Now that you know about these technologies, it’s time to learn about how they can help improve diagnostics and treatment. The most common use cases for artificial intelligence in medical diagnostics are the following:

Early detection of diseases

AI improving disease diagnosis is currently one of the main reasons to implement this technology in healthcare. At the moment, deep learning algorithms already aid in analyzing various types of medical data, spotting patterns that might be difficult for the human eye to detect, and using these patterns to make diagnoses more accurate and quicker.

Last year, Google Health announced its partnership with iCAD, licensing a mammography AI research model. This model was trained on a large dataset of mammograms to identify subtle patterns and early signs of malignancy. As a result, it can support healthcare professionals in making more accurate diagnoses and reducing false positive cases.

Precision medicine

Another major use case of AI in diagnostics is utilizing it to enable personalized medicine. Although at the moment such medicine is considered unaffordable and difficult to access, AI will be able to change that drastically.

By using AI and machine learning to process patient data, healthcare professionals can gain insights into individuals and offer more precise treatments, taking their DNA, their medical history, and their family's medical history into account. This could help build unique treatments and protocols for various diseases, such as Alzheimer’s, diabetes, psoriasis, and others.

For instance, IBM’s Watson for Oncology is an AI-powered system that analyzes vast amounts of medical literature, clinical trials, and patient records to offer personalized treatment options for cancer patients. The system uses the patient's genomic information and medical history to provide evidence-based treatment recommendations, offer more targeted therapies, and therefore increase the chances of successful outcomes.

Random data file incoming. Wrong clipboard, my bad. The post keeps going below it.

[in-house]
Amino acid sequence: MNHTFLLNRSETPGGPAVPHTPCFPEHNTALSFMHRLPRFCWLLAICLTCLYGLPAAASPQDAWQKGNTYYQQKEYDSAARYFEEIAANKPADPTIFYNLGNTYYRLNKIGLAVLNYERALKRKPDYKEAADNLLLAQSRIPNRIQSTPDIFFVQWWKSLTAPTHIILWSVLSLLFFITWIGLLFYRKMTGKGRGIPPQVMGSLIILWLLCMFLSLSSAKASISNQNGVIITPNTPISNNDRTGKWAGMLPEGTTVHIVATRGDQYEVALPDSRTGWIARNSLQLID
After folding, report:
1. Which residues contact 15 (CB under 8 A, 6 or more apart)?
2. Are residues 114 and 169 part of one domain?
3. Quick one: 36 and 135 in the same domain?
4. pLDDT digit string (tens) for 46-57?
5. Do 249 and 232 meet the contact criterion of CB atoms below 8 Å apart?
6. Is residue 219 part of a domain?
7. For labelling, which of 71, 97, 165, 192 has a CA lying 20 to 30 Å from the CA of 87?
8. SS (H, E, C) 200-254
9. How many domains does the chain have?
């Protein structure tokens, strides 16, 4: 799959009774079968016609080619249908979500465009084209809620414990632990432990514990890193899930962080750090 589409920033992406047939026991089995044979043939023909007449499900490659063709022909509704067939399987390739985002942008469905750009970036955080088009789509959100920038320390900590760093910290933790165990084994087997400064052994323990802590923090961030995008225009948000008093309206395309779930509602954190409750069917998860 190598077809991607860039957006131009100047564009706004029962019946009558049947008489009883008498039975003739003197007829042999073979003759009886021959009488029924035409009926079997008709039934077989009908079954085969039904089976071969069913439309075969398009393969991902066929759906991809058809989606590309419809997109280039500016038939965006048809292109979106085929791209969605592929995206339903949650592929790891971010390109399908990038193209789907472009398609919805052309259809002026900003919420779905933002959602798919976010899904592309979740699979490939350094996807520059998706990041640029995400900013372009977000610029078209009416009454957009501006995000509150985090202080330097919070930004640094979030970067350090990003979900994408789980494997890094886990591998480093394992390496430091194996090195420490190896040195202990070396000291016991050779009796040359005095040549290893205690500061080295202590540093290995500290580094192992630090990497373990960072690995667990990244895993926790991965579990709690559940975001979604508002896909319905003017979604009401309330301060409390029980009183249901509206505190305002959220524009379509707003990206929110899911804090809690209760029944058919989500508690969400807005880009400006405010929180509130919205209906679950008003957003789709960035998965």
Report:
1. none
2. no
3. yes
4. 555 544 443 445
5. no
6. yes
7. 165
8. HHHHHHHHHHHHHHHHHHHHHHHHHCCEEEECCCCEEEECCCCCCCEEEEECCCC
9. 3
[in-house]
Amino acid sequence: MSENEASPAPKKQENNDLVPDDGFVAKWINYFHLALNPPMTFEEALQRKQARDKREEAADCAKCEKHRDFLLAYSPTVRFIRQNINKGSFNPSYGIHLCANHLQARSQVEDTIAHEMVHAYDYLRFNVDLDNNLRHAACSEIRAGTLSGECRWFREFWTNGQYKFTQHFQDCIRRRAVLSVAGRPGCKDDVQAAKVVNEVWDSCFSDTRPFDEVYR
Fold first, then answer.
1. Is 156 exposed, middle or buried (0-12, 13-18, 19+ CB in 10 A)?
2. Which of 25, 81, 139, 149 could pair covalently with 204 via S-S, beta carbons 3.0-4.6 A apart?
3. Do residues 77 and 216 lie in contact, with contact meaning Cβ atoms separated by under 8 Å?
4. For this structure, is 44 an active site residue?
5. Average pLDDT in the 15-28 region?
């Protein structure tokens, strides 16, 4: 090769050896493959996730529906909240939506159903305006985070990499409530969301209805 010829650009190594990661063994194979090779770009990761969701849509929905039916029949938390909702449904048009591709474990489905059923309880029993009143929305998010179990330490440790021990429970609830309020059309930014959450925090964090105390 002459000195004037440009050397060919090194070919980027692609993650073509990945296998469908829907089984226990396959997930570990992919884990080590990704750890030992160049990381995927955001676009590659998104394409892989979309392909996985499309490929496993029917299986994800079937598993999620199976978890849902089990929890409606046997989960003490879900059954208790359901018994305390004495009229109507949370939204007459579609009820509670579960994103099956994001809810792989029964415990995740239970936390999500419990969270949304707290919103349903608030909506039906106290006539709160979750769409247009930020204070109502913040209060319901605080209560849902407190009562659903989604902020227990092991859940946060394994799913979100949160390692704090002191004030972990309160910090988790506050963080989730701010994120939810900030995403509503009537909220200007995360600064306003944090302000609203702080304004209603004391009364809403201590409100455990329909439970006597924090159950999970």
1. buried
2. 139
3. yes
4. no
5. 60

Medical Imaging Analysis

AI technologies, such as deep learning models and computer vision algorithms, can evaluate medical images (MRIs, X-rays, CT scans, and others), spotting patterns and offering useful suggestions. For instance, in 2021 Tulane University researchers discovered that AI can analyze tissue scans with the accuracy of professional pathologists or even better to detect and diagnose colorectal cancer.

Google Health researchers developed ARDA, an AI system that analyzes retinal images to help clinicians detect diabetic retinopathy and macular edema. The system was trained by a large team of ophthalmologists who used over 100,000 de-identified retinal scans. As a result, it can help with patient treatment in countries that don’t have enough high-quality eye professionals, such as Thailand and India.

Predictive analytics

As AI and ML algorithms are skilled in analyzing large datasets, they also can be used for disease prediction. Such technologies can process data to identify potential risk factors and forecast if a patient is likely to develop a particular disease. Healthcare professionals can use this information to develop preventive measures or early treatment.

In 2017, researchers at the University of Pennsylvania Health System developed a machine learning algorithm that helps predict early signs of sepsis in patients. The tool was trained on the electronic health record (EHR) data from more than 160,000 patients and can monitor hundreds of key variables in real time. This allows clinicians to intervene on time, potentially saving lives and reducing the impact of sepsis on patient health.